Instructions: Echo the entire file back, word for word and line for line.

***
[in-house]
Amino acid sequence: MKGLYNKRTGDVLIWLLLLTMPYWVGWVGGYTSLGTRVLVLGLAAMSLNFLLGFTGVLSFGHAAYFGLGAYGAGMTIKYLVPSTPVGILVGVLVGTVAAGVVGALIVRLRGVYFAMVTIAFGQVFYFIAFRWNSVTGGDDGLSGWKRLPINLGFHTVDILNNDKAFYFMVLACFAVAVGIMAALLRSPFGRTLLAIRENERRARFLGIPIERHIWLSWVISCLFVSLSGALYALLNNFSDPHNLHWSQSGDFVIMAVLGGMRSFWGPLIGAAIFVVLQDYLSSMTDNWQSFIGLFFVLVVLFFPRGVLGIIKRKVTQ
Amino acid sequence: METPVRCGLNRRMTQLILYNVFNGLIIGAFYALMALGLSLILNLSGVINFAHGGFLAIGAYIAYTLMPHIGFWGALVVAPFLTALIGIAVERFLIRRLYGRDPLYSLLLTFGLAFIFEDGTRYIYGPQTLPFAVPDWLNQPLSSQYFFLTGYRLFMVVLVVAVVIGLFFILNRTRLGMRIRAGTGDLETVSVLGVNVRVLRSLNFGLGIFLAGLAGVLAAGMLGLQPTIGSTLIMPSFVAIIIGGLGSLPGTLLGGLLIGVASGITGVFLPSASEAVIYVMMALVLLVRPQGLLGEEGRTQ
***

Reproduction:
[in-house]
Amino acid sequence: MKGLYNKRTGDVLIWLLLLTMPYWVGWVGGYTSLGTRVLVLGLAAMSLNFLLGFTGVLSFGHAAYFGLGAYGAGMTIKYLVPSTPVGILVGVLVGTVAAGVVGALIVRLRGVYFAMVTIAFGQVFYFIAFRWNSVTGGDDGLSGWKRLPINLGFHTVDILNNDKAFYFMVLACFAVAVGIMAALLRSPFGRTLLAIRENERRARFLGIPIERHIWLSWVISCLFVSLSGALYALLNNFSDPHNLHWSQSGDFVIMAVLGGMRSFWGPLIGAAIFVVLQDYLSSMTDNWQSFIGLFFVLVVLFFPRGVLGIIKRKVTQ
Amino acid sequence: METPVRCGLNRRMTQLILYNVFNGLIIGAFYALMALGLSLILNLSGVINFAHGGFLAIGAYIAYTLMPHIGFWGALVVAPFLTALIGIAVERFLIRRLYGRDPLYSLLLTFGLAFIFEDGTRYIYGPQTLPFAVPDWLNQPLSSQYFFLTGYRLFMVVLVVAVVIGLFFILNRTRLGMRIRAGTGDLETVSVLGVNVRVLRSLNFGLGIFLAGLAGVLAAGMLGLQPTIGSTLIMPSFVAIIIGGLGSLPGTLLGGLLIGVASGITGVFLPSASEAVIYVMMALVLLVRPQGLLGEEGRTQ